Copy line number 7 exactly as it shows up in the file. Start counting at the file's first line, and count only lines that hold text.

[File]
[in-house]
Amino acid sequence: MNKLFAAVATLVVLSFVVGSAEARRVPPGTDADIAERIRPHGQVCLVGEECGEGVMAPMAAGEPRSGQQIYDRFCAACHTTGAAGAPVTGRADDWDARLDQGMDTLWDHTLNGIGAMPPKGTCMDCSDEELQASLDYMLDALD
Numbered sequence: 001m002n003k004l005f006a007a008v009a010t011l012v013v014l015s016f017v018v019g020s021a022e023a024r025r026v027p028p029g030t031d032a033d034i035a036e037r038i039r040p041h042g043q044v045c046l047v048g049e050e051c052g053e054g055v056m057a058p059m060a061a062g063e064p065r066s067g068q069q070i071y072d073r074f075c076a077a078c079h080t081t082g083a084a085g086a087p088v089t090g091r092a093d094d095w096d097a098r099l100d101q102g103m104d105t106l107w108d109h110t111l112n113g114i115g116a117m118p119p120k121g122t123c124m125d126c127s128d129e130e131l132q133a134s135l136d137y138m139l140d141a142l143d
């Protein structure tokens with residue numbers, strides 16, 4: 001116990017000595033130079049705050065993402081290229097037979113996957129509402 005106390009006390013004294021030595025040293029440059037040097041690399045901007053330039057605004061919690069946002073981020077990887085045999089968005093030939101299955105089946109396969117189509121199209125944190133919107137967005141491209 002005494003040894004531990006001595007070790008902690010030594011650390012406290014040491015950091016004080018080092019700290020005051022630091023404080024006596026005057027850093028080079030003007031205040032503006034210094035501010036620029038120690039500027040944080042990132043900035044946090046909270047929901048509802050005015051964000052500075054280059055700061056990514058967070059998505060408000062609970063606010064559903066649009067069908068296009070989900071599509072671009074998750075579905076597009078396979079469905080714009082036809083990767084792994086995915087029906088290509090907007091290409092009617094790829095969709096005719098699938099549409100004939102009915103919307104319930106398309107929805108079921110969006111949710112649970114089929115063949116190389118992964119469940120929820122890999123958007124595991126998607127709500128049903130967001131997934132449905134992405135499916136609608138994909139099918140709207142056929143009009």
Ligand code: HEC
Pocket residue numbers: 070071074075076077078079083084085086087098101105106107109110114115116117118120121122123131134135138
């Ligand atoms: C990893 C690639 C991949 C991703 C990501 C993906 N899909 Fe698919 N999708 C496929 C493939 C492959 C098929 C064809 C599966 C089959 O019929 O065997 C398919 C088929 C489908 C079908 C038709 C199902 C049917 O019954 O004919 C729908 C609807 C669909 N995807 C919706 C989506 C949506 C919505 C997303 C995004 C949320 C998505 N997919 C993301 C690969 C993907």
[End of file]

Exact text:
């Ligand atoms: C990893 C690639 C991949 C991703 C990501 C993906 N899909 Fe698919 N999708 C496929 C493939 C492959 C098929 C064809 C599966 C089959 O019929 O065997 C398919 C088929 C489908 C079908 C038709 C199902 C049917 O019954 O004919 C729908 C609807 C669909 N995807 C919706 C989506 C949506 C919505 C997303 C995004 C949320 C998505 N997919 C993301 C690969 C993907």